What are your thoughts on DESE lifting the statewide mask mandate? Do you think it was too early, or maybe too late?
I was in favor of lifting the school mask mandate, but I was not in favor of lifting it on February 28, 2022 for two reasons. First, it was the first day back from February vacation, when many students and families took long-awaited trips outside of New England for the first time since March 2020. Second, the Natick School Board didn’t could not have lifted the mask requirement in schools on Feb. 28 because there was a Natick Board of Health emergency ordinance in place that superseded the school board mandate. I did, however, introduce the motion to overturn the school mask mandate on the first day of school after the Board of Health lifted its emergency order. This motion meant that the mask requirement could be lifted without waiting for another school committee meeting. The measures Natick has been considering since the start of the pandemic have supported NPS’s move to a flexible mask culture starting March 7. We will continue to review the science in partnership with the Natick Board of Health to determine whether the NPS should revert to a mask mandate in the future in the event of an increase in a variant of COVID-19.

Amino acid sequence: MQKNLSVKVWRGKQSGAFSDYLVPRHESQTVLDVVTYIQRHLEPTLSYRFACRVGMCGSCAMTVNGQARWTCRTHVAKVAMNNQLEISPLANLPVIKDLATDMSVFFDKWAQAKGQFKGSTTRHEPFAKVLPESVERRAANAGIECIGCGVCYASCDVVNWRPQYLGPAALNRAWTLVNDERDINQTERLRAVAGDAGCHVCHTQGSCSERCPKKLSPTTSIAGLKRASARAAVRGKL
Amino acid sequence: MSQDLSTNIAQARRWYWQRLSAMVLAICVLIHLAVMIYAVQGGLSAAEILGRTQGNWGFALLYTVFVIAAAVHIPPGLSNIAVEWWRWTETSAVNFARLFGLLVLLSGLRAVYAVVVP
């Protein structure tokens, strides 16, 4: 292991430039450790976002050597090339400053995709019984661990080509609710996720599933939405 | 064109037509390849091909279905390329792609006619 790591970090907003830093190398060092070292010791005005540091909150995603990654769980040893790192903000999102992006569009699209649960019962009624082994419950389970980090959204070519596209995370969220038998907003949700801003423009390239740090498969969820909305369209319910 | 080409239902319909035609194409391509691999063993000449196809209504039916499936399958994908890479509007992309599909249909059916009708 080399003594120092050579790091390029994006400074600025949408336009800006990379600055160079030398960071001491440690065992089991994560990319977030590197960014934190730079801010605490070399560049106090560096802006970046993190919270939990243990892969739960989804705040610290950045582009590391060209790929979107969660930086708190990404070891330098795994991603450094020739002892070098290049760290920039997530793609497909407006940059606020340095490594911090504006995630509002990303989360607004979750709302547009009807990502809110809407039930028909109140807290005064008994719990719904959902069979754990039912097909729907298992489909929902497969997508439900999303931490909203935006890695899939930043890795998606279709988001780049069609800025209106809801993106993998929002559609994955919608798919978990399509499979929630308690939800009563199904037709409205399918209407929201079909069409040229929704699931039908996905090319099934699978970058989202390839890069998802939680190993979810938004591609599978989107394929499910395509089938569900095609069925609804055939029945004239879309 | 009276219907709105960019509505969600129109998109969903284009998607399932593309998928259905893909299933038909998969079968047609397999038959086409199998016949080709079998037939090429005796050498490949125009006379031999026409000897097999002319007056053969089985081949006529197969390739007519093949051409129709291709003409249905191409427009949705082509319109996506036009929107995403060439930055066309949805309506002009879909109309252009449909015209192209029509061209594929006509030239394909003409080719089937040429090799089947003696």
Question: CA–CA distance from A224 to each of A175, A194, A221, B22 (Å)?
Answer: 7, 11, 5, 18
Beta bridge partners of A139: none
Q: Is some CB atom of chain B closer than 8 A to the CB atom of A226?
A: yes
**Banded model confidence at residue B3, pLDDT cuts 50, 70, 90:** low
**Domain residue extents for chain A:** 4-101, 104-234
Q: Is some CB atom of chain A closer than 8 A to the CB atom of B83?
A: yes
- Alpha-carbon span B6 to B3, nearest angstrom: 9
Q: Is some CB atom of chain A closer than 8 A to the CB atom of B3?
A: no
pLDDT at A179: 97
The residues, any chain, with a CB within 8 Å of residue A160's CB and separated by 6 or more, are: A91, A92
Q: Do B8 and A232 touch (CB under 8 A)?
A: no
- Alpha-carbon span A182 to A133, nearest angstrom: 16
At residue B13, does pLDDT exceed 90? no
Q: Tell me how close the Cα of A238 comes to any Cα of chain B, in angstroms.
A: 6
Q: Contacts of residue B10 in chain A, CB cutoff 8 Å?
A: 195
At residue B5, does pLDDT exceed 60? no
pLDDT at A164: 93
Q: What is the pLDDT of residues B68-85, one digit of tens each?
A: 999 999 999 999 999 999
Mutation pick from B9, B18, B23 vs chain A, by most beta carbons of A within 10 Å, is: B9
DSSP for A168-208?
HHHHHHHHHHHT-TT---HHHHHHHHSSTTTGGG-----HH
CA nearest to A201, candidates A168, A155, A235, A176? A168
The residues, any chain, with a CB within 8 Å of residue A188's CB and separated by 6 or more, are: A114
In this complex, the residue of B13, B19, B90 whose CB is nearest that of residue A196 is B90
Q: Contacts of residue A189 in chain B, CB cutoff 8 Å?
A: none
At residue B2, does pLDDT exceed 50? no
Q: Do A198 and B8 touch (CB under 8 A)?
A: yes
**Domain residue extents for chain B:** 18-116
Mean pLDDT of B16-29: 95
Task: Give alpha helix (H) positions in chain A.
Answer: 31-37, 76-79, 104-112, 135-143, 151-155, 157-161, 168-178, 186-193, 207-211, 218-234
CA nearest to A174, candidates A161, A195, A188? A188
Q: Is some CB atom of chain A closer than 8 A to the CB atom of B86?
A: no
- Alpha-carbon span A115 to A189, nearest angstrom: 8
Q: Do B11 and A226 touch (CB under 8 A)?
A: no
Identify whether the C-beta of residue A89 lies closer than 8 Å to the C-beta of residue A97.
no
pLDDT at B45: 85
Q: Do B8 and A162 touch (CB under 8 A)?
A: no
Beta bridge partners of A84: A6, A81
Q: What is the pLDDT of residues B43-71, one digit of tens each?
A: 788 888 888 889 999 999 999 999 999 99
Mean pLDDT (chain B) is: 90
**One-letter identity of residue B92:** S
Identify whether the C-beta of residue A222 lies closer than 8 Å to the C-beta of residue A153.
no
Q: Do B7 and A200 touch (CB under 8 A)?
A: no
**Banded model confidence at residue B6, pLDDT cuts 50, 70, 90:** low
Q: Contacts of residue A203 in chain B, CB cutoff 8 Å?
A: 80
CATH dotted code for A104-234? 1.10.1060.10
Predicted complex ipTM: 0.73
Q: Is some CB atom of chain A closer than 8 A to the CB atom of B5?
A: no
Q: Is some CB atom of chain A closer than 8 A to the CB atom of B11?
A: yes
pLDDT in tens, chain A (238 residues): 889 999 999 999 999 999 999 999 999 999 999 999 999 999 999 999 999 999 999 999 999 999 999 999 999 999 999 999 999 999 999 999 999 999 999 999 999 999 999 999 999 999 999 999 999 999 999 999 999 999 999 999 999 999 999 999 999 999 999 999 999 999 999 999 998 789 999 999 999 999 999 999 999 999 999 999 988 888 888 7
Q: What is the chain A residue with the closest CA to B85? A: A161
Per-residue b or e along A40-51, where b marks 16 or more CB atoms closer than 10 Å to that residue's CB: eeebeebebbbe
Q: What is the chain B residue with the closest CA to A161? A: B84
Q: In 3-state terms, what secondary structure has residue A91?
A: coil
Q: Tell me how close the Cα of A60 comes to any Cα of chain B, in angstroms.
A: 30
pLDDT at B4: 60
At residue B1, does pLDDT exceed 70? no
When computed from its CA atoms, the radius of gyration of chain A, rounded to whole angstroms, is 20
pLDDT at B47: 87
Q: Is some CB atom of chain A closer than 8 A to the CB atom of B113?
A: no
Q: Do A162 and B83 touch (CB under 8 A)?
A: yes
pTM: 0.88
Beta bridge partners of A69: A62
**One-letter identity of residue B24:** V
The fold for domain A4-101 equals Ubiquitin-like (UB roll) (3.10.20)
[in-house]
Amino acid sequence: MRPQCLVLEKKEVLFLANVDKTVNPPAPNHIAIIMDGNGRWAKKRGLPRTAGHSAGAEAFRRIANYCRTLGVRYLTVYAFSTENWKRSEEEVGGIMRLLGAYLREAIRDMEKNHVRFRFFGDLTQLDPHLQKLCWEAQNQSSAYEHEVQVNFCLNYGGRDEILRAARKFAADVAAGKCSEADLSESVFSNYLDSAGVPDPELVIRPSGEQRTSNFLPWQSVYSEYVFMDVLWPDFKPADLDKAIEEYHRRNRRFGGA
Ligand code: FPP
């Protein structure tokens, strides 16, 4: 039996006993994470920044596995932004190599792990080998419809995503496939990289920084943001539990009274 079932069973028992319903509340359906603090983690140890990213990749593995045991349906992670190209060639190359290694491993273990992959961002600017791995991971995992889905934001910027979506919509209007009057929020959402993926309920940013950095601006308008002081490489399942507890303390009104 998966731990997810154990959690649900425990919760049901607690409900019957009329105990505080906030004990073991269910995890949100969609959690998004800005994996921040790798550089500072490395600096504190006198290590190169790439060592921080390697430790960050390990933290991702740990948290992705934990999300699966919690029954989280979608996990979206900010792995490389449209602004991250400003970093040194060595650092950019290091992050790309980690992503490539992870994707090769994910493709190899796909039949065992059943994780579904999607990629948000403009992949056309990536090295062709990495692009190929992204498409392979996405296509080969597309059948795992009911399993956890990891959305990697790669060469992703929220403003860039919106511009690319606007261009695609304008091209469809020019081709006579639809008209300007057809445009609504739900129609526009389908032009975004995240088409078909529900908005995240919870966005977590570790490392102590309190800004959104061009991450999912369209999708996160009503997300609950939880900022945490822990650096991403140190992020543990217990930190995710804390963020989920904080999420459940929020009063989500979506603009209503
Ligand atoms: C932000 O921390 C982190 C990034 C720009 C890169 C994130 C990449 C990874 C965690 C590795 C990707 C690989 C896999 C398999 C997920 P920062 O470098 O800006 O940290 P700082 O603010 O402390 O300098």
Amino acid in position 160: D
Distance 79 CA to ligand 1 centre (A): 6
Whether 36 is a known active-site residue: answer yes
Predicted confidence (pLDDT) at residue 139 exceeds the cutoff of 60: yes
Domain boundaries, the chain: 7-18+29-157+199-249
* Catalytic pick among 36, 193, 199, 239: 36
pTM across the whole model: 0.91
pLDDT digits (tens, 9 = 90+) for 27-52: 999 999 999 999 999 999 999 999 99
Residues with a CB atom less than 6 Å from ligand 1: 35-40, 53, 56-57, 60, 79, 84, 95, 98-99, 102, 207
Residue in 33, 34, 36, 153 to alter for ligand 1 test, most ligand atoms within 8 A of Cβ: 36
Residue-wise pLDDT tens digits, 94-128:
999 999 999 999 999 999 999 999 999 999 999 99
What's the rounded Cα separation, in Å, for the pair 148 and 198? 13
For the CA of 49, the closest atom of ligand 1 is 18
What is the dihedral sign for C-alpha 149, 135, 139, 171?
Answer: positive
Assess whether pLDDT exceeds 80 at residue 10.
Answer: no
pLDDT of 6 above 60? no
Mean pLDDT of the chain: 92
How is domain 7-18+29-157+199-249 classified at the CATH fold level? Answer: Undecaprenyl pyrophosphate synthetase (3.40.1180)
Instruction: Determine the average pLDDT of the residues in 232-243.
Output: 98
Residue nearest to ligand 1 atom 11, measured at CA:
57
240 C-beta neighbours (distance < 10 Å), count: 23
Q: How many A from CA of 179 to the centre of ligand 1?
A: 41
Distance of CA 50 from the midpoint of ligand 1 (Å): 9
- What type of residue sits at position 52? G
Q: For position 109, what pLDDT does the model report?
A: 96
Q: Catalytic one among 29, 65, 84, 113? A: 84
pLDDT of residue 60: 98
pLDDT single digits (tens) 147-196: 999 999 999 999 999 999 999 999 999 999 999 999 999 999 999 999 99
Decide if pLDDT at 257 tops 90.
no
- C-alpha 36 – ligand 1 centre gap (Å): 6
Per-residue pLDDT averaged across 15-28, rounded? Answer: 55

If you could snap your fingers and fix or change one thing in the school system, what would it be?
I would erase the effects of the crisis-driven on-demand culture that has arisen from the pandemic. As of March 2020, most of us have been in “fight or flight” mode. Students in kindergarten through high school exhibit anxious behavior requiring immediate responses several times a day. With the shift to remote learning, parents witnessed their child’s learning experience for the first time. This immediate home access has led some to expect the same immediate access to faculty and staff, expressing frustration if an email is not returned within hours. This crisis-driven, demand-driven culture has encouraged, if not demanded, shallow thinking born of frequent interruptions instead of the deep, transformative thinking and planning that drives a district forward. Constantly responding to the newest problem and putting out the fires is the antithesis of silent contemplation, elaboration, and discovery. If I could snap my fingers, I would ensure that our faculty, staff, administrators, students, families, and the wider Natick community each had time to engage in this important process of contemplation and rejuvenation. . This is how Natick will go from a very good neighborhood to a great neighborhood where each student can be the best possible version of themselves.